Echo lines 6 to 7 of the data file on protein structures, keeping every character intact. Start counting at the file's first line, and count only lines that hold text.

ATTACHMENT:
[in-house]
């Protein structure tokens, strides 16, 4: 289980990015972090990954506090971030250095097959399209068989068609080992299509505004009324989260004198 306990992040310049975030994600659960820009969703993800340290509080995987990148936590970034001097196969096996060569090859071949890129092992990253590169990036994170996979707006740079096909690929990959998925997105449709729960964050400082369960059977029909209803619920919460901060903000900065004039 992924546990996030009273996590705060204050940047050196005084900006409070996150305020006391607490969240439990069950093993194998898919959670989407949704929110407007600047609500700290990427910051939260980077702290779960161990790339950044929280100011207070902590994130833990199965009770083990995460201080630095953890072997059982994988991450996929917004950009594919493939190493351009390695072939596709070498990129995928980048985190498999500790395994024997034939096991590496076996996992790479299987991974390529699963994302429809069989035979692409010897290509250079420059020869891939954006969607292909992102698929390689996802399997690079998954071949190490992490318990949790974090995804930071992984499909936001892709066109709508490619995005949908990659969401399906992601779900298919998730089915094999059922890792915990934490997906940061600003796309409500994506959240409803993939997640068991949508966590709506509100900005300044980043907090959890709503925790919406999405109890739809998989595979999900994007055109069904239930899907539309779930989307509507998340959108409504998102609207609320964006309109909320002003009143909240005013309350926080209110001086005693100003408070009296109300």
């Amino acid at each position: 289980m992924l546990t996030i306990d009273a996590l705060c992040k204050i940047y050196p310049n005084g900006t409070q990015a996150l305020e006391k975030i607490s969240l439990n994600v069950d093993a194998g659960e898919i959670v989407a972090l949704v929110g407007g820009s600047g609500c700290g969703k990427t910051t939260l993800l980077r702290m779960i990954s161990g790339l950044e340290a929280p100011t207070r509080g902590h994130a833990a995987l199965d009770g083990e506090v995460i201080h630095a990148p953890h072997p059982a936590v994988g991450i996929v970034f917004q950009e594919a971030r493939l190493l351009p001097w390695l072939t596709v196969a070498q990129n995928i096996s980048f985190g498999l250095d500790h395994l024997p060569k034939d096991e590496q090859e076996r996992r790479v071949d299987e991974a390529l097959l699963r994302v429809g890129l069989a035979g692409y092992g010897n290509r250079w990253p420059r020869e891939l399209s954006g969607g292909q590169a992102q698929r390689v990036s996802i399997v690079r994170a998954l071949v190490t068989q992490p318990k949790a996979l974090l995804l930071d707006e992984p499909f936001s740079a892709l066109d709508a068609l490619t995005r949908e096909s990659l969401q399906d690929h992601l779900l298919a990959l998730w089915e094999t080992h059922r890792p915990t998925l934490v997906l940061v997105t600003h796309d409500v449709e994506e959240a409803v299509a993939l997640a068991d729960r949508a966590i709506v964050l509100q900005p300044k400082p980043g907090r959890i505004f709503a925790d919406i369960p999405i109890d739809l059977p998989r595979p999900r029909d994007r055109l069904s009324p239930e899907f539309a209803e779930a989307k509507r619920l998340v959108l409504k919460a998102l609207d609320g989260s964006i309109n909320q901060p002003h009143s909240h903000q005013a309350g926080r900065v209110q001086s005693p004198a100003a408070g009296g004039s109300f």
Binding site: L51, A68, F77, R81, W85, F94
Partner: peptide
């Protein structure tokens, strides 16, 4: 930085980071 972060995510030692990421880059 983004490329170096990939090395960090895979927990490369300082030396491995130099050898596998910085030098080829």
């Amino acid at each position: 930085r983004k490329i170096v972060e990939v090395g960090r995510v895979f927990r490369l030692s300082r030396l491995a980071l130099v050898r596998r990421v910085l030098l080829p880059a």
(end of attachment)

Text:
């Protein structure tokens, strides 16, 4: 930085980071 972060995510030692990421880059 983004490329170096990939090395960090895979927990490369300082030396491995130099050898596998910085030098080829």
């Amino acid at each position: 930085r983004k490329i170096v972060e990939v090395g960090r995510v895979f927990r490369l030692s300082r030396l491995a980071l130099v050898r596998r990421v910085l030098l080829p880059a």